Get Off the Couch, Get Yourself a Job
Ellen Gordon Reeves flew across the county, from New York to Los Angeles, to make sure you get a job.
Reeves lectured on how to sell yourself to prospective employers last Thurs., Oct. 29, at the Santa Monica Main Library. She advised on topics from shopping for new clothes to preparing resumes and negotiating salaries. She is the author of the how-to book, "Can I Wear My Nose Ring to the Interview?" and has taught in the U.S. and in France. She has her Ed.M from the Harvard Graduate School of Education and was the education editor at The New Press publishing house for 15 years.
About 20 job seekers showed up: some retired, some students, some looking for part-time work and some recently laid-off.
Reeves advocates using the library for job hunting. "Research is a huge process of the job interview," Reeves said. She cited career counseling, computers, databases and periodicals as excellent sources for staying current with the job market.
The experiences of the attending job seekers varied greatly. Some of the backgrounds of the audience members included being a cupcake baker, a cemetery heavy-machines laborer, a mechanical engineer who does home repairs, an animator, an investment company employee, a rare coins collector, and accountant and a freelance writer. Reeves made a point of saying that "loose ties," people who are around you but whom you don't really know, are the best sources for job seekers. Proving her point, approximately four job connections were made that evening between attendees who had friends or relatives who worked in an industry and attendees who wanted to be working in those industries.
Reeves shared her list of dos and don'ts:
Keep your resume to one page: Leave out your GPA and extraneous wording like, "Lists of Accomplishments," "Employment Objectives," and "References Available Upon Request." Your resume is your list of accomplishments and if they want references, they will call you and ask for them. Also, the interview shouldn't be about you, it should be about what you can do for your employer. Your resume should reflect that.
Don't have just one resume: Tailor each resume to the job you are applying to. For instance, your resume for Urban Outfitters should have a different focus and listed experiences than your resume to intern at a brokerage firm.
Temping is a great way to get your foot in the door: Once you are inside the company, you are one step ahead of the competition. You will learn the names of your future go-to people, learn about their hiring system and recognize what it takes to work there. Ask your temping agency if they have positions in the industry you're interested in and once you get inside the company, network and get noticed.
There has never been a better time to be laid off, says Reeves, because you are not alone. If you tell your interviewer that you were laid off, chances are that they will consider it a consequence of the poor economy and not judge your character.
Stop looking for a job and start looking for a person: Reeves says that most people are hired because of who they know, not what they know. Instead of sending your resume into the black hole of cyberspace via a generic job hosting service, network and get to know someone in the industry who can personally pass your resume along to the HR office.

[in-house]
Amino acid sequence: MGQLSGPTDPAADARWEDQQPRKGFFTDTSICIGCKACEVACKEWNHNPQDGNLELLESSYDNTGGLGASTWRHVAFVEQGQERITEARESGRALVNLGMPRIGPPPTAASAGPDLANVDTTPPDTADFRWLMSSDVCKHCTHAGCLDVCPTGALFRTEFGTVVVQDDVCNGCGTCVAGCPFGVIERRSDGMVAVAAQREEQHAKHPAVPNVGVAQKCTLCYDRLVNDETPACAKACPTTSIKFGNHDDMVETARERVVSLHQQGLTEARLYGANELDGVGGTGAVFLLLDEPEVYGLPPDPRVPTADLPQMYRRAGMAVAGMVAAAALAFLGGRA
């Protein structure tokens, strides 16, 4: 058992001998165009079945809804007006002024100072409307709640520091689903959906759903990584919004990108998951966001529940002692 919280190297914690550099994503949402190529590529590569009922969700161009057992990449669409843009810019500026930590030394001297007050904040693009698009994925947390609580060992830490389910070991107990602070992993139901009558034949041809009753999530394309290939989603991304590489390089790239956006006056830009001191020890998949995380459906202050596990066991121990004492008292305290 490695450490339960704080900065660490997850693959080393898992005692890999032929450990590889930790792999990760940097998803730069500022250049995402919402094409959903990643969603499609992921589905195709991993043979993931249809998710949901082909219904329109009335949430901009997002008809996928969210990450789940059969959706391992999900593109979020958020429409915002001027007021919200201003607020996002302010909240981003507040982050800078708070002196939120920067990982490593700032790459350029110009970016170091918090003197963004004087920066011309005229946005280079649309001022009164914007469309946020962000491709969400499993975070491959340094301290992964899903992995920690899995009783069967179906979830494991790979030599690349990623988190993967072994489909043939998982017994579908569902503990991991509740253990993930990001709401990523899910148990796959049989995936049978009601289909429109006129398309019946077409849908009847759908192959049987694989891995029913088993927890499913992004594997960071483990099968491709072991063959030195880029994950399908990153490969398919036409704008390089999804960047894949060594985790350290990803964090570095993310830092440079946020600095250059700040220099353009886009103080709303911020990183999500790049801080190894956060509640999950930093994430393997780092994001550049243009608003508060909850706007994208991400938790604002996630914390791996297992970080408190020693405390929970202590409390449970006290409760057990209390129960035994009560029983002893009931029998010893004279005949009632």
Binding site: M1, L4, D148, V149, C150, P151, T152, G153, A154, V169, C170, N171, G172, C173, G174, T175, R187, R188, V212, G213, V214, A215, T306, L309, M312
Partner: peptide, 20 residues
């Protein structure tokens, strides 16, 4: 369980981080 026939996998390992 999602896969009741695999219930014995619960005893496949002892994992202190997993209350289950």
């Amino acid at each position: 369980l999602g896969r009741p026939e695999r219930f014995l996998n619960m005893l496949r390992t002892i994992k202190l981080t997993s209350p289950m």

Don't raise red flags to employers: Sure, you're nervous. Maybe your self-esteem is low from getting laid off or you have no job experience to boast of, but do not announce anything that will make you look weak or will have potential employers feeling sorry for you. They want a bulldog, not a Chihuahua (sorry, Paris).
Laid off? Me, too! There has never been a better time to be laid off, says Reeves, because you are not alone. If you tell your interviewer that you were laid off, chances are that they will consider it a consequence of the poor economy and not judge your character. Just don't reveal too much (as one audience member did) by saying, "I was the only one in my whole department to be let go." If you must explain, keep it brief.
Present your best self: Your shirt should not be wrinkled. There should be no coffee stains on your resume and women should avoid showy high-heels or anything clubbing-worthy. You want to be taken seriously, so show your employer that you have an attention to detail and a respect for professional appearances.
Get out! Even if you are jobless and depressed, do not lounge on the couch, eating from a tub of mint chocolate chip ice cream while cruising "Lost" reruns. Not only will you not feel better, but you won't have interesting things to share with potential employers when you do get an interview.
Go to your local café, attend a library lecture or stroll the farmer's market, anything to get you out of the house and be social. Reeves says that she was able to get air time on Sirius Satellite Radio because she began chatting with a woman in a Loehmans New York dressing room. The woman turned out to work for Sirius XM, found Reeve's work compelling and asked her to be a guest on one of the shows.
"I met someone naked in a dressing room," says Reeves, noting that an unexpected meeting can often be your ticket to a dream job. "Get out of the house!"